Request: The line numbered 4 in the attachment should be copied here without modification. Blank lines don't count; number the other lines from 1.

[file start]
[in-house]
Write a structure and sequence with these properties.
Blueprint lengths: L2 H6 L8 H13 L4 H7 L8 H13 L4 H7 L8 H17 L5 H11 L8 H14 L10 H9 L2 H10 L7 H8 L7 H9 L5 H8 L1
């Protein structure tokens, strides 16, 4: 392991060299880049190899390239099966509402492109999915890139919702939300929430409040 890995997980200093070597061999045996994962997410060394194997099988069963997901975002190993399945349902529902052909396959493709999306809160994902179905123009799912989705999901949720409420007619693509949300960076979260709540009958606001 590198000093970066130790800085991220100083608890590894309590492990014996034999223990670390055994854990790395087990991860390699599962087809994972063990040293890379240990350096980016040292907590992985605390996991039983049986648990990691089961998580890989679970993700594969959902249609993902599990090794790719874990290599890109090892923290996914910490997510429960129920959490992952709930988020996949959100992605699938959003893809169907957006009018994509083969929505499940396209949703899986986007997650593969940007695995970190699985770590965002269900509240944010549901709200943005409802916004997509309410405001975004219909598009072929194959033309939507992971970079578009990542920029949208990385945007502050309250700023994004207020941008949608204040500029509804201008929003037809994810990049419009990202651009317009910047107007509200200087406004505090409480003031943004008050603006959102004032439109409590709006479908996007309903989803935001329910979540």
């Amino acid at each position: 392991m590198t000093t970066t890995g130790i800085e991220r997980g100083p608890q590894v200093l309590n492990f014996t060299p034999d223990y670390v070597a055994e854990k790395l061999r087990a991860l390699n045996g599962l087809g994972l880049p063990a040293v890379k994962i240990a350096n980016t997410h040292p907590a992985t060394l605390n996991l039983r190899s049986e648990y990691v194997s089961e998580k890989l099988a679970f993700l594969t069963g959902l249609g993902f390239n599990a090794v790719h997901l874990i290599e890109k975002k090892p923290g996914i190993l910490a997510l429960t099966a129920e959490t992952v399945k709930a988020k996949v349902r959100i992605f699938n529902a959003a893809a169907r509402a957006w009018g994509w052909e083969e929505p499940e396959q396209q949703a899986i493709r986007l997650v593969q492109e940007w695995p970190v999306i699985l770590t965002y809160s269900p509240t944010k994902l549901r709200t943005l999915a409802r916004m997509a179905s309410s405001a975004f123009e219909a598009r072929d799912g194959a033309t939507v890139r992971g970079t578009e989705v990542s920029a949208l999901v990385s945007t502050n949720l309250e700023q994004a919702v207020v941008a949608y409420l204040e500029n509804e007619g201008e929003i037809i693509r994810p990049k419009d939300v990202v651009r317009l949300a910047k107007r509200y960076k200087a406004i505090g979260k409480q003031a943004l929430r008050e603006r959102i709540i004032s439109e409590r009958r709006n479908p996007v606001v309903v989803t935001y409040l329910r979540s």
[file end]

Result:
């Protein structure tokens, strides 16, 4: 392991060299880049190899390239099966509402492109999915890139919702939300929430409040 890995997980200093070597061999045996994962997410060394194997099988069963997901975002190993399945349902529902052909396959493709999306809160994902179905123009799912989705999901949720409420007619693509949300960076979260709540009958606001 590198000093970066130790800085991220100083608890590894309590492990014996034999223990670390055994854990790395087990991860390699599962087809994972063990040293890379240990350096980016040292907590992985605390996991039983049986648990990691089961998580890989679970993700594969959902249609993902599990090794790719874990290599890109090892923290996914910490997510429960129920959490992952709930988020996949959100992605699938959003893809169907957006009018994509083969929505499940396209949703899986986007997650593969940007695995970190699985770590965002269900509240944010549901709200943005409802916004997509309410405001975004219909598009072929194959033309939507992971970079578009990542920029949208990385945007502050309250700023994004207020941008949608204040500029509804201008929003037809994810990049419009990202651009317009910047107007509200200087406004505090409480003031943004008050603006959102004032439109409590709006479908996007309903989803935001329910979540």